Allie Gold, her sister, Heather, and Tex Rainwater are lifelong friends bound by a love for one another, the land, and seething contempt for the Gold-N Corporation. When Allie is offered a high paying job at Gold-N, she remembers how King Mithridates defeated the Roman Army by placing chunks of mad honeycomb along the soldiers’ path, making them intoxicated and easy prey for slaughter. With the legend of Mithridates fueling her on, she accepts the job and enlists the help of Tex, Heather, and Doc, Heather’s boyfriend, to find a way to bring down the Gold-N empire. Join them on their quest for revenge with a fast-paced, wild ride through the Central Valley, shattering dreams, tarnishing reputations, and finding fortune along the way.
About the Author
Tanya Nichols is the author of three works of fiction: Stinger, co-written with Bill McEwen, The Circle Game, and The Barber’s Wife. Her work has appeared in North Carolina Literary Review, Sycamore Review, In the Grove, and San Joaquin Review. Nichols received her MFA in fiction writing from Fresno State University where she now teaches writing and literature courses. She also serves as the coordinator of the Young Writers' Conference, a creative writing conference for high school students of central California.
Bill McEwen's journalism career spans nearly 45 years. During that time, his byline has become one of the most recognized and respected in California. McEwen is the author of one work of fiction, Stinger, and It's a Dry Heat, a collection of Fresno Bee columns that became a local best-seller. He and his wife, Karen, live in Fresno, California, with a pair of rambunctious herding dogs.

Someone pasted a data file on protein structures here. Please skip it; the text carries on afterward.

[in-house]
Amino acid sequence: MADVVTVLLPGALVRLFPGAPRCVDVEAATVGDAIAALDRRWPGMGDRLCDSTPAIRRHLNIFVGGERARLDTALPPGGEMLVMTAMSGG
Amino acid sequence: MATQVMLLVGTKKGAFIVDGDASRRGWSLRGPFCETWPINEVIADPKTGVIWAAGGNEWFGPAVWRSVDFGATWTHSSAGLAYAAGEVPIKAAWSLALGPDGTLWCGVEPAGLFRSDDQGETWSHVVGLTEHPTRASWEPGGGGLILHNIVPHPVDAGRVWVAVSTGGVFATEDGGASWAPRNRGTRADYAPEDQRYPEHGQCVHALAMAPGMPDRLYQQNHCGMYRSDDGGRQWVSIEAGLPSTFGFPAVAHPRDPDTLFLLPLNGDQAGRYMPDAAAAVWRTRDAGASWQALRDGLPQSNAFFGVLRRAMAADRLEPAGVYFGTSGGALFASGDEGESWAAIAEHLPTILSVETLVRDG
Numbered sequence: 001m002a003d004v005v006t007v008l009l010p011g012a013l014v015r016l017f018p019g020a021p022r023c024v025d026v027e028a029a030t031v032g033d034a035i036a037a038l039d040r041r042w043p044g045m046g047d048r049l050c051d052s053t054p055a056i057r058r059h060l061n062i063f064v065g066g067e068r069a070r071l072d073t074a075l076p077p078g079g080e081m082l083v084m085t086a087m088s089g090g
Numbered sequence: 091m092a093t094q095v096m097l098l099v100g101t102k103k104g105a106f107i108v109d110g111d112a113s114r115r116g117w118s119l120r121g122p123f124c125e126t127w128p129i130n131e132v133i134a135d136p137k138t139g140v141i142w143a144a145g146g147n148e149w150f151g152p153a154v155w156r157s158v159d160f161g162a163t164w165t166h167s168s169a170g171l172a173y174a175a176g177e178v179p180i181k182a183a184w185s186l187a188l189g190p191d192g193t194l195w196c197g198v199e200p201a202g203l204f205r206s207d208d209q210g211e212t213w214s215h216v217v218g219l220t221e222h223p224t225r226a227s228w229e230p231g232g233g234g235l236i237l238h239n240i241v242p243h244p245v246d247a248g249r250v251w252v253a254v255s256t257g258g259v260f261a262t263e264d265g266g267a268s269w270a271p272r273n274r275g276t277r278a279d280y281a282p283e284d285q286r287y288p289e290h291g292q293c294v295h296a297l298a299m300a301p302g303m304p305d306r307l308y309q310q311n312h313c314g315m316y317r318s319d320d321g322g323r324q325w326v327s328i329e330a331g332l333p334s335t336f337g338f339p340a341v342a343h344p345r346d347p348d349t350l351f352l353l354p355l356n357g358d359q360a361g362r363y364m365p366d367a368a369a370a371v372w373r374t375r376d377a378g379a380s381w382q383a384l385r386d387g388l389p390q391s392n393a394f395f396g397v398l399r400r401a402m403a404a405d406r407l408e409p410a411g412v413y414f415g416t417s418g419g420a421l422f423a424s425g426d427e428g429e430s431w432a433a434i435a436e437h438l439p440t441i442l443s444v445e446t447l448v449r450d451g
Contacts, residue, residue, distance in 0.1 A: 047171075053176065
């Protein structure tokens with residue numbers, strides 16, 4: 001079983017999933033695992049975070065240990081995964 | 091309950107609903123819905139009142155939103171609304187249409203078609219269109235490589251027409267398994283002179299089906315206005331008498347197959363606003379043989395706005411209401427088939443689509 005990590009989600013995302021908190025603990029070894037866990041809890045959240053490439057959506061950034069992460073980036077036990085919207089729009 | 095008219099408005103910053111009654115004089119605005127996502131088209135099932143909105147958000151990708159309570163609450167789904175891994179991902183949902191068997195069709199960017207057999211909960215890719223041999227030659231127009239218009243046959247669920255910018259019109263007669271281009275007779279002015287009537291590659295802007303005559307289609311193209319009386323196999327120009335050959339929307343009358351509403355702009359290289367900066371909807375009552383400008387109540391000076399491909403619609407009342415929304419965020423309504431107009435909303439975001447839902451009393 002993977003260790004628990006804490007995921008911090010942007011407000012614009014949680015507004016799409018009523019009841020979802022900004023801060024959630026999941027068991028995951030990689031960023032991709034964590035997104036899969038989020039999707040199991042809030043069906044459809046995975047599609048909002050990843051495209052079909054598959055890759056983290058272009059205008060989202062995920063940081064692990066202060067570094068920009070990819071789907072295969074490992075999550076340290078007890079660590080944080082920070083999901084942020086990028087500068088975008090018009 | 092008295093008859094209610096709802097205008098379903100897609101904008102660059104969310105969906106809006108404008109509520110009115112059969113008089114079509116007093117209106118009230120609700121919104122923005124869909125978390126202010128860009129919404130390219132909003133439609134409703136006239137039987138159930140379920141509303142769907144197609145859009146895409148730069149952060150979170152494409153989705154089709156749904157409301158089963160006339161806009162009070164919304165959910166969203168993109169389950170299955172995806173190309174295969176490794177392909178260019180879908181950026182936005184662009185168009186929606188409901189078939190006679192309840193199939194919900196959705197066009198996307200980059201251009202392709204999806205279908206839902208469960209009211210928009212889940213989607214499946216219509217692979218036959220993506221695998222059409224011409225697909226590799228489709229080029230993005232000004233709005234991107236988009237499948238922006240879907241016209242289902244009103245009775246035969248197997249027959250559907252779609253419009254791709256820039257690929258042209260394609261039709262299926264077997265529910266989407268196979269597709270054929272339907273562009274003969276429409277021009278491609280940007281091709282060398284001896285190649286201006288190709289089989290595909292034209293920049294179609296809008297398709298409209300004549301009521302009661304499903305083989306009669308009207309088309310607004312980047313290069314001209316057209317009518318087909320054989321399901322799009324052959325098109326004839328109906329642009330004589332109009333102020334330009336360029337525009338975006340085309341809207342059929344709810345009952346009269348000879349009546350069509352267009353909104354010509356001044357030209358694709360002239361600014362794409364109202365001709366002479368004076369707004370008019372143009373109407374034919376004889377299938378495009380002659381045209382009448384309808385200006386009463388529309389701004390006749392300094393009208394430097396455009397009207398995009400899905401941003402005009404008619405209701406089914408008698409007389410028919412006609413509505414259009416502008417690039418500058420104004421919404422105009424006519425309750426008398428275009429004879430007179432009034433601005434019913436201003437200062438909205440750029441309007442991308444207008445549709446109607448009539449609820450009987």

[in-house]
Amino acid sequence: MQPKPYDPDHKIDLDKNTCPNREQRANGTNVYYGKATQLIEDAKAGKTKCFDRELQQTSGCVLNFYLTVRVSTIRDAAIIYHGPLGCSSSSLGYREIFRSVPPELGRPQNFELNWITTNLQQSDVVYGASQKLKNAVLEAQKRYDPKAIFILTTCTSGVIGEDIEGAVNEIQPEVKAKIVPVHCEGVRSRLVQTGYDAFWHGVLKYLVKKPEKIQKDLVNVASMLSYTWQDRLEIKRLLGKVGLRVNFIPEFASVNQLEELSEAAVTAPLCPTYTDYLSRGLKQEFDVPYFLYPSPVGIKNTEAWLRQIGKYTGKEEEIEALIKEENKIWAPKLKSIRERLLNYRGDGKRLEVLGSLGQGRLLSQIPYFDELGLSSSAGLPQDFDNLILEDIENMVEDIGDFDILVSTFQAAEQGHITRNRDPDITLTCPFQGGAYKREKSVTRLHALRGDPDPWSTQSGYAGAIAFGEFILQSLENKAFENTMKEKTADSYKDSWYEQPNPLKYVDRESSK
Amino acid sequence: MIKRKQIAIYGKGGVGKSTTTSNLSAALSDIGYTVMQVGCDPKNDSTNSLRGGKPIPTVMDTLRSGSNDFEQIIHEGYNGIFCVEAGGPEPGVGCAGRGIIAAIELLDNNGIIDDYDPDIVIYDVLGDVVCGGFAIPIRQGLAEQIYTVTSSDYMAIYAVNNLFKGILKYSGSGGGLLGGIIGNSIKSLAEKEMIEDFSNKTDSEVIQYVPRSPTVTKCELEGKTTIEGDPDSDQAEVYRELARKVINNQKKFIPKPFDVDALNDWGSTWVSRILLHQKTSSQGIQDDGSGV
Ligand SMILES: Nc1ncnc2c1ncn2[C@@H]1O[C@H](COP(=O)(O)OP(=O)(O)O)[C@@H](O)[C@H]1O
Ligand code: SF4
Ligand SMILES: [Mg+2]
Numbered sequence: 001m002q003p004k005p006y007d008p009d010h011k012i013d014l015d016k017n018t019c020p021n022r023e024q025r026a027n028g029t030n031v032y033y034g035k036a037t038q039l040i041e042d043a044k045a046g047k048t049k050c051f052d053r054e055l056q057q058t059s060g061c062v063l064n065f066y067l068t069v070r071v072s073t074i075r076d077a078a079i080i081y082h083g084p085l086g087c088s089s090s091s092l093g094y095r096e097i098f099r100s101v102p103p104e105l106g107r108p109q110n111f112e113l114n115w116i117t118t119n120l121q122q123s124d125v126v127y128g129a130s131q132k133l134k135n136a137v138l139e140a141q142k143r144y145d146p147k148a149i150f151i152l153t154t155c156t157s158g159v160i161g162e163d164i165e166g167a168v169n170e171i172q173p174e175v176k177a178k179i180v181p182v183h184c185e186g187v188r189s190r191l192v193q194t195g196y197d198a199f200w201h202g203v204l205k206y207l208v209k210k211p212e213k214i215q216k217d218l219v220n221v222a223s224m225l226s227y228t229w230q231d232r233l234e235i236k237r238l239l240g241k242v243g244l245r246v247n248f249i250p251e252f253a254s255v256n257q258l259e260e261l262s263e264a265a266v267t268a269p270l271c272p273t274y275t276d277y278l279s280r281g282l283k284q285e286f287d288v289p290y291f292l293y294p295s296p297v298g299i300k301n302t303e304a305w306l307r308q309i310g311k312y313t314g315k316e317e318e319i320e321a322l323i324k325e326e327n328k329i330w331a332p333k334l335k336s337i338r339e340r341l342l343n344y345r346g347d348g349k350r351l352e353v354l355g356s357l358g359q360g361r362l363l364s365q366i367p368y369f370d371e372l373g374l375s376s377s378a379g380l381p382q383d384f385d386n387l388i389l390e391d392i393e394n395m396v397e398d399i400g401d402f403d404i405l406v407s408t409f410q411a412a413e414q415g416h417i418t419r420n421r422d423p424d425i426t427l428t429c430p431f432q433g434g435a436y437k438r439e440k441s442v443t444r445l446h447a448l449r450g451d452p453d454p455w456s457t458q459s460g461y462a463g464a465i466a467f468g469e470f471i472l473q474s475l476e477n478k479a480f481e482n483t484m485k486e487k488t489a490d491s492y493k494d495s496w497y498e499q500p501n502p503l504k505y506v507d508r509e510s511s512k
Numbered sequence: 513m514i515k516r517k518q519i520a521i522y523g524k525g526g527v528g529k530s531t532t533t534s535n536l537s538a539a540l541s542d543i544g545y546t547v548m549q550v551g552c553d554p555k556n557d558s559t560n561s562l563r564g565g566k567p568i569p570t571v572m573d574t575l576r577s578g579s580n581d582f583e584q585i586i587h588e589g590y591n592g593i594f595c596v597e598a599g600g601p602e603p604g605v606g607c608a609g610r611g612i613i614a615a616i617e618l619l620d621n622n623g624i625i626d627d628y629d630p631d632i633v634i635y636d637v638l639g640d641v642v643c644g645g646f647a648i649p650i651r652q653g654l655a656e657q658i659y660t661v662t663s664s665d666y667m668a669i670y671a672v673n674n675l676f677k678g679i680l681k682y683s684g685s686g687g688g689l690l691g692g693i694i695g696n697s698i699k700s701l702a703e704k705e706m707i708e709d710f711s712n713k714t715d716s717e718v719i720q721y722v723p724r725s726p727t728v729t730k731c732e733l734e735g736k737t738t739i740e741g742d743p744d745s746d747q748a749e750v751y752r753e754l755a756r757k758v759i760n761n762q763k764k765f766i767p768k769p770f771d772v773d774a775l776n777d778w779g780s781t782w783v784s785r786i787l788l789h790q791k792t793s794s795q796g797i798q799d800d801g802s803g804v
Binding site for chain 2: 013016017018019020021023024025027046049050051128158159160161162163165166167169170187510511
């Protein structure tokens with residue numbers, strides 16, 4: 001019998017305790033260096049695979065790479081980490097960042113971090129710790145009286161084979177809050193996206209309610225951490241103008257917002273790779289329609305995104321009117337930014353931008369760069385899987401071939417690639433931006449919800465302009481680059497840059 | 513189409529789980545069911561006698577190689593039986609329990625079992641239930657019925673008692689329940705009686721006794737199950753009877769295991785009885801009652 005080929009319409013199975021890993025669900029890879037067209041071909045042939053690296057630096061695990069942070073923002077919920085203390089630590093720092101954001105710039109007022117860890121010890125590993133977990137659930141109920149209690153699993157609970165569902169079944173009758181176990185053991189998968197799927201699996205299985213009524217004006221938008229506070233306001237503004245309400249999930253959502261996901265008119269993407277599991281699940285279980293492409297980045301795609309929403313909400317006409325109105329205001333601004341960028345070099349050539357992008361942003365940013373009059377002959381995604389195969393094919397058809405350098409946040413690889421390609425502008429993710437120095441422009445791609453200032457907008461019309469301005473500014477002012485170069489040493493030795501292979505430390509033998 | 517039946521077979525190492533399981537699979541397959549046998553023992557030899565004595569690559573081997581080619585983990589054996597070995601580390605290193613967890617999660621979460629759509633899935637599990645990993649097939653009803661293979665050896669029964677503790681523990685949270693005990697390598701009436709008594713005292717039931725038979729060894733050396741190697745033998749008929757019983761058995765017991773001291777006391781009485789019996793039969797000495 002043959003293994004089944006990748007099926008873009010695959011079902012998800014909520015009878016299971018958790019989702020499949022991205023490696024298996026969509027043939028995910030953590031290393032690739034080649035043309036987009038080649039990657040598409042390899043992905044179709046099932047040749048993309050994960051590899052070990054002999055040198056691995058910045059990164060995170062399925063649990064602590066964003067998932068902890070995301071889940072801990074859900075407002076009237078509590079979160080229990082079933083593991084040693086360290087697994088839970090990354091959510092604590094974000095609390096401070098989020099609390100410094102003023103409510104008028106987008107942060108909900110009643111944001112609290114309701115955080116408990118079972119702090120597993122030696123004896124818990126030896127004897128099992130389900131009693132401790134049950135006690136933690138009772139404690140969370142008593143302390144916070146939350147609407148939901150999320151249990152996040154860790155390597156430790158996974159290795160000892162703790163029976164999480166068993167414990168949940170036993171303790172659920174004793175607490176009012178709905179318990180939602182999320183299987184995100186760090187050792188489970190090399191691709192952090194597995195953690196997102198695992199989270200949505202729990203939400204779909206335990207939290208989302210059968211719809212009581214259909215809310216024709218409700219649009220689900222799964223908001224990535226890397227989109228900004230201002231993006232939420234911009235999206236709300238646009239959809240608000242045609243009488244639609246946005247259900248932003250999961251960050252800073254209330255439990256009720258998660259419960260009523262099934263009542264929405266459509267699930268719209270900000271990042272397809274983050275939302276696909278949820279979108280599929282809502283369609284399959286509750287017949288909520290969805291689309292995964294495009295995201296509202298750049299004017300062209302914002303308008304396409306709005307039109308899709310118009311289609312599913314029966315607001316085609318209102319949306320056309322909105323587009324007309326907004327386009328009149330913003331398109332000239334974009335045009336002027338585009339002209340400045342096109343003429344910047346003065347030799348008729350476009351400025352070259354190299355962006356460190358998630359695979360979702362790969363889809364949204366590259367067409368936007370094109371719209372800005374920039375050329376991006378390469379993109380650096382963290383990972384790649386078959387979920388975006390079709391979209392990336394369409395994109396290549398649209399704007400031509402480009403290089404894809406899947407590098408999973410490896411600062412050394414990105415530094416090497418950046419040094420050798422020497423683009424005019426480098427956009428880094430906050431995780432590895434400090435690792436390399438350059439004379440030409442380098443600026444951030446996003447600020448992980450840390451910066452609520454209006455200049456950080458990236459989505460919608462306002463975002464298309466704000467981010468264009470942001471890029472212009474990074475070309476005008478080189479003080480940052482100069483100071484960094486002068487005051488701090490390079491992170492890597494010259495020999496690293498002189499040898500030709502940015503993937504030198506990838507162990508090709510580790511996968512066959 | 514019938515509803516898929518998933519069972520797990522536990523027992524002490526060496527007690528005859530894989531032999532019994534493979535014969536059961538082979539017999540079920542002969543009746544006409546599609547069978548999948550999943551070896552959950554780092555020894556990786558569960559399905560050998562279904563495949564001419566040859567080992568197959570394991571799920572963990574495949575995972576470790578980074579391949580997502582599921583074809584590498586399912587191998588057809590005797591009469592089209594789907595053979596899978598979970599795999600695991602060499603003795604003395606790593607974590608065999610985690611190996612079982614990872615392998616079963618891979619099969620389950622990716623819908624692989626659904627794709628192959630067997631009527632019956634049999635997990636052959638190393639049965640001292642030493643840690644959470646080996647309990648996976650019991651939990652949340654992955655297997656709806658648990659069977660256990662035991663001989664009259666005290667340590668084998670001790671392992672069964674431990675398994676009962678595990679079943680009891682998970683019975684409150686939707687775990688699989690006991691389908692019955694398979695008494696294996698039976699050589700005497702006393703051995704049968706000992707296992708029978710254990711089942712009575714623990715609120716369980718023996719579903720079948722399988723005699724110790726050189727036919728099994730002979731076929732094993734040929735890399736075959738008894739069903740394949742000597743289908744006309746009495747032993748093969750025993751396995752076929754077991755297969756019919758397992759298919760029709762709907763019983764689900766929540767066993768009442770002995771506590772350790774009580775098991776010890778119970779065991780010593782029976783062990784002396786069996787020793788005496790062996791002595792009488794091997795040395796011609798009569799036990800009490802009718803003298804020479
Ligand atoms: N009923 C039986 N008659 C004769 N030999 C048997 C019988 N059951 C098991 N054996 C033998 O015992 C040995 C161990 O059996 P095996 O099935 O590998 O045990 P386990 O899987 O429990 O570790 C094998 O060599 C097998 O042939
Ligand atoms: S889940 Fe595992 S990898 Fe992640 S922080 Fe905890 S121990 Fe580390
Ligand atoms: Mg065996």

“A lively, engaging, and deeply knowledgeable romp through business and family intrigue in the Central Valley. Both Nichols and McEwen are talented, accomplished writers on their own, but in Stinger, they make a great and seamless team.”
-- Liza Wieland, author of Paris 7 a.m.
“Stinger is taut and colorful, a tale well-told by Nichols and McEwen, both of whom know every corner of the Valley and every secret hidden there. The landscape and the characters who inhabit it come alive in these pages.”
-- Steve Yarbrough, author of The Unmade World
“Highway 99 runs right through the San Joaquin Valley’s heart – which is where you’ll find Stinger. This is a letter of crazy stupid love to California’s most intriguing regions, a literal land of milk and honey. It’s also a page-turning caper about the things that really matter: life, liberty and the pursuit of water.”
-- Joe Mathews, author and Connecting California columnist